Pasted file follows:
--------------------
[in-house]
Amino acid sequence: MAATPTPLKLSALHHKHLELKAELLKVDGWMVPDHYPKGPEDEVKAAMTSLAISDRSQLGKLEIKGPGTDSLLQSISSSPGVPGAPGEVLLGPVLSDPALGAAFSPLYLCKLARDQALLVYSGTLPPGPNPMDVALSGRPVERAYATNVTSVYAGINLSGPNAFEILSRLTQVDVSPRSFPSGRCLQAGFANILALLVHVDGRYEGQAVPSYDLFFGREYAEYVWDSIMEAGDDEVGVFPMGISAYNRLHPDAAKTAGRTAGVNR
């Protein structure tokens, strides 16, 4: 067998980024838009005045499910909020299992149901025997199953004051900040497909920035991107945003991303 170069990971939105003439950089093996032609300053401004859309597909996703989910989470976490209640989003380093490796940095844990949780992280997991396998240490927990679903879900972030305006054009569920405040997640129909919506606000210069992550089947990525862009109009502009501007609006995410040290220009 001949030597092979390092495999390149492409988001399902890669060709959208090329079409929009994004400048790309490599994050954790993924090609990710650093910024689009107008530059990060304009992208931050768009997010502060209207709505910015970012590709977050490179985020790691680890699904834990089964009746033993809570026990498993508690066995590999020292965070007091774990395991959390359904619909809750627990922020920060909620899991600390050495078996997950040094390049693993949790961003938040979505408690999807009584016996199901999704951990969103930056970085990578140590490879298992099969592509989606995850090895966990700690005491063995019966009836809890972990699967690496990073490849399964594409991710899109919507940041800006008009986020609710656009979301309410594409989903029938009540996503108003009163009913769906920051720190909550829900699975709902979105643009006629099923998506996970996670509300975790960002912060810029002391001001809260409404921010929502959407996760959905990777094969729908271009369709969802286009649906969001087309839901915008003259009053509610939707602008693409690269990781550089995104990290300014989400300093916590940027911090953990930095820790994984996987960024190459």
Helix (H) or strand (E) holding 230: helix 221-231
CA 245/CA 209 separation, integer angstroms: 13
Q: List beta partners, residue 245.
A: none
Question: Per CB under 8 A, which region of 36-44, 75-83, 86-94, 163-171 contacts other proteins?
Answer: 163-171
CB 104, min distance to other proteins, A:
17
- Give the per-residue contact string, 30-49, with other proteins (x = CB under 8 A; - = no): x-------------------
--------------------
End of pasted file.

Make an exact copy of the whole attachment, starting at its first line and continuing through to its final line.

[in-house]
Amino acid sequence: MAATPTPLKLSALHHKHLELKAELLKVDGWMVPDHYPKGPEDEVKAAMTSLAISDRSQLGKLEIKGPGTDSLLQSISSSPGVPGAPGEVLLGPVLSDPALGAAFSPLYLCKLARDQALLVYSGTLPPGPNPMDVALSGRPVERAYATNVTSVYAGINLSGPNAFEILSRLTQVDVSPRSFPSGRCLQAGFANILALLVHVDGRYEGQAVPSYDLFFGREYAEYVWDSIMEAGDDEVGVFPMGISAYNRLHPDAAKTAGRTAGVNR
């Protein structure tokens, strides 16, 4: 067998980024838009005045499910909020299992149901025997199953004051900040497909920035991107945003991303 170069990971939105003439950089093996032609300053401004859309597909996703989910989470976490209640989003380093490796940095844990949780992280997991396998240490927990679903879900972030305006054009569920405040997640129909919506606000210069992550089947990525862009109009502009501007609006995410040290220009 001949030597092979390092495999390149492409988001399902890669060709959208090329079409929009994004400048790309490599994050954790993924090609990710650093910024689009107008530059990060304009992208931050768009997010502060209207709505910015970012590709977050490179985020790691680890699904834990089964009746033993809570026990498993508690066995590999020292965070007091774990395991959390359904619909809750627990922020920060909620899991600390050495078996997950040094390049693993949790961003938040979505408690999807009584016996199901999704951990969103930056970085990578140590490879298992099969592509989606995850090895966990700690005491063995019966009836809890972990699967690496990073490849399964594409991710899109919507940041800006008009986020609710656009979301309410594409989903029938009540996503108003009163009913769906920051720190909550829900699975709902979105643009006629099923998506996970996670509300975790960002912060810029002391001001809260409404921010929502959407996760959905990777094969729908271009369709969802286009649906969001087309839901915008003259009053509610939707602008693409690269990781550089995104990290300014989400300093916590940027911090953990930095820790994984996987960024190459």
Helix (H) or strand (E) holding 230: helix 221-231
CA 245/CA 209 separation, integer angstroms: 13
Q: List beta partners, residue 245.
A: none
Question: Per CB under 8 A, which region of 36-44, 75-83, 86-94, 163-171 contacts other proteins?
Answer: 163-171
CB 104, min distance to other proteins, A:
17
- Give the per-residue contact string, 30-49, with other proteins (x = CB under 8 A; - = no): x-------------------